July 1, 2022

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Why so many new Italian restaurants are opening in Houston

4 min read

When searching for “Italian restaurants near me,” you may have found several unrecognizable names flooding your feed recently. A flock of Italian restaurants have opened in rapid succession in Houston, giving even the most finger-on-the-pulse diners a lot to keep track of.

While institutions like the original Carabba’s on Kirby, Damian’s, La Griglia, and even fine-dining stalwart Tony’s continue to reel in loyal patrons for their comforting pastas and bounty of Italian wines, the city is experiencing a sort of Italian food renaissance as chefs and restaurateurs add a fresh crop to the bunch.

The ragu d'agnello is one of the fresh housemade pastas at Trattoria Sofia in Houston.

The ragu d’agnello is one of the fresh housemade pastas at Trattoria Sofia in Houston.

Jenn Duncan

“I’m from New York—Italian is my comfort food,” said Benjamin Berg, owner of Berg Hospitality and the brains behind acclaimed restaurants B&B Butchers, B.B. Lemon, Turner’s, and most recently, Italian food-focused Trattoria Sofia, which opened in November 2021 in the Heights. Berg felt Houstonians were underserved when it came to quality Italian restaurants.

“This is the fourth largest city in the country, and for a city this big, there just aren’t that many choices beyond the 5-10 you can name,” he said, adding that people noticed there was a void, spurring interest from Houston restaurateurs in adding more Italian to the culinary landscape.

“There is so much to explore in the Italian genre,” he said. “People can’t travel to Italy all the time, so there is a lot of opportunity to develop great Italian food right here.”


Berg’s isn’t the only restaurant worth exploring when craving a modern take on Italian cuisine. Before Trattoria Sofia, Concura opened last summer, Armandos owners unveiled Lulu’s in October, and Amore followed in January 2022, all in River Oaks. Rosalie, helmed by celebrity chef Chris Consentino, reopened in downtown’s C. Baldwin Hotel last fall after its initial debut in 2019. The latest, Marmo in Montrose, joins all of these brand-new restaurants in putting a unique twist on Italian eats.

Alex Smith, CEO of the Baltimore-based Atlas Restaurant Group that’s behind Marmo, agrees that Houston was underserved with Italian cuisine. He feels that while there are wonderful traditional options—attributing Da Marco as his own personal favorite—there’s room for more variety. Now with recent openings, there is far more than a plate of pasta to get amped up about.

Sleek Italian restaurant Marmo sits in the new Montrose Collective development.

Sleek Italian restaurant Marmo sits in the new Montrose Collective development.

Kirsten Gilliam

Marmo is a swanky Italian chophouse that serves as an anchor to the Montrose Collective development at the high-traffic intersection of Westheimer and Montrose Boulevard. The restaurant has a chic lounge with a U-shaped marble bar, a romantic dining space divided with panels of drapery, a spacious covered patio and a grand piano, which is utilized by local talent nightly and during weekend brunch.

Smith explains Marmo’s elegant aesthetic and lively atmosphere sets it apart from Houston’s existing Italian outposts. “It’s like a modern Tuscan farmhouse, and it’s sophisticated and hip,” he said.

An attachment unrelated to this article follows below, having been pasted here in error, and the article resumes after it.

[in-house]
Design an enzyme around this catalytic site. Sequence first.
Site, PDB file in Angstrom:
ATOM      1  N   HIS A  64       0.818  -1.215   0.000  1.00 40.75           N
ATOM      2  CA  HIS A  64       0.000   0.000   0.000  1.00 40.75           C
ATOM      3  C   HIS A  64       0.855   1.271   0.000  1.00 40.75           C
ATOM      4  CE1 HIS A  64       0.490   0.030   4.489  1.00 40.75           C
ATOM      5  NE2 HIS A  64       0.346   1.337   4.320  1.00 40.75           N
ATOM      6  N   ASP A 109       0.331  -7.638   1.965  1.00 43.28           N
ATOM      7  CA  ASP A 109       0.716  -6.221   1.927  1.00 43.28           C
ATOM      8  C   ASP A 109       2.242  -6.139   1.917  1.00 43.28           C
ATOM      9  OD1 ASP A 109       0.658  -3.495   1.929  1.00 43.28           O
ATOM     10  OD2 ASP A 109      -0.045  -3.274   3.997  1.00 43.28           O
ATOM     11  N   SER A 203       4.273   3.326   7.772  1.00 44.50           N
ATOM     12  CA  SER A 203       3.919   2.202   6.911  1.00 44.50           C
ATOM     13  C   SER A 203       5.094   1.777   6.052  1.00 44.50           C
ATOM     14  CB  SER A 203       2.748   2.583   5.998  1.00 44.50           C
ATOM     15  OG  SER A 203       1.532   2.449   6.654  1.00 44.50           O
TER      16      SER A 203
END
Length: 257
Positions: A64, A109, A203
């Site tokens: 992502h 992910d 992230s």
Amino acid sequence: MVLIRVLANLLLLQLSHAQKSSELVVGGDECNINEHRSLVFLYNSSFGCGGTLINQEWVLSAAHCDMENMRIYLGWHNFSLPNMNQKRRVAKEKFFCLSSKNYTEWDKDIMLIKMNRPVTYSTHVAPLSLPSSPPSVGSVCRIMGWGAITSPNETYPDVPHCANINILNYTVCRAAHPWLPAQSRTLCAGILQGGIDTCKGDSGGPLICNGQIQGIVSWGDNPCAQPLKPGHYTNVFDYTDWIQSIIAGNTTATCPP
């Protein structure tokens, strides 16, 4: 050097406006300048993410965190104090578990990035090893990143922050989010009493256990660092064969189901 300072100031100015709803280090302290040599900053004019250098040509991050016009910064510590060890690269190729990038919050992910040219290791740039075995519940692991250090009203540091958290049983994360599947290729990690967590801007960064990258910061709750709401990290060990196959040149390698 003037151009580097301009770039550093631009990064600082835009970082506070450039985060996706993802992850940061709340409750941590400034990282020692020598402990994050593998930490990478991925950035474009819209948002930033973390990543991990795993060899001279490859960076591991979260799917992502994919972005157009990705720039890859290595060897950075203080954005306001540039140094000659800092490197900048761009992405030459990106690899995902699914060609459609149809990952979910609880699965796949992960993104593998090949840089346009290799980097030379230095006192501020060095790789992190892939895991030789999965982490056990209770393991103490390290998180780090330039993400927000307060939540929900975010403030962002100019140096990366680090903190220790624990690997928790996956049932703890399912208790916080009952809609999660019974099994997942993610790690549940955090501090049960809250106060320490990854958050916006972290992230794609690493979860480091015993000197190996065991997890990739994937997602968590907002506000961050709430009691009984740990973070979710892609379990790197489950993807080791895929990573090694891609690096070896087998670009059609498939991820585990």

A beautiful restaurant is all fine and dandy, but Marmo’s got the great Italian eats to back it up. Most of what’s in the kitchen is sourced from Italy, including custom-built equipment. The menu, modeled after Atlas’ Tagliata in Baltimore, offers 10 different made-from-scratch pastas that rotate seasonally, 10 cuts of steak dry-aged in house, and 400 wine selections with an emphasis on Italian varietals. There’s a crowd favorite chicken parmigiana on the menu, too.

At Trattoria Sofia, the menu doesn’t necessarily fall under the umbrella of a single region. Despite being in a meat-heavy town, Berg said he opted for a menu that is more vegetable-focused. “We’ve only got one steak, but we’ve added a little heat to our food, which is a very Houston thing,” he said.

Marmo in Montrose bills itself as an Italian chophouse, adding something new to Houston's Italian dining scene.

Marmo in Montrose bills itself as an Italian chophouse, adding something new to Houston’s Italian dining scene.

Kirsten Gilliam

The restaurant is an oasis on 11th Street: All noise from neighboring restaurants and bars fades away once entering the dark, moody space. Cozy banquettes and tables offer a glimpse into the open kitchen, while a temperature-controlled patio gives guests the opportunity to dine and drink around a live olive tree.

Flavor-packed plates like cacio e pepe cheese fritters, and bucatini with Sicilian pesto, whipped ricotta and fragrant mint and basil are a feast for the eyes and the palate. The restaurant sources cheeses, oils and vinegars from Italy, while relying on local purveyors for seasonal produce. Add in fresh, house-made pasta and a variety of pizzas, and Berg’s got a recipe for success.

“We don’t have spaghetti and meatballs here,” he admitted. “But we are trying to be approachable and offer a different take on Italian food in Houston.”

As is the case with steakhouses in the city, opening more Italian restaurants featuring good food, entertainment, and lots of wine appears to be always welcomed by Houstonians. The new arrivals complement a scene powered by trusty standbys like Giacomo’s Cibo e Vino, Paulie’s and Spaghetti Western, and even first-wave Italian renaissance restaurants like Roma and Ostia, which opened in 2019 and 2020, respectively.



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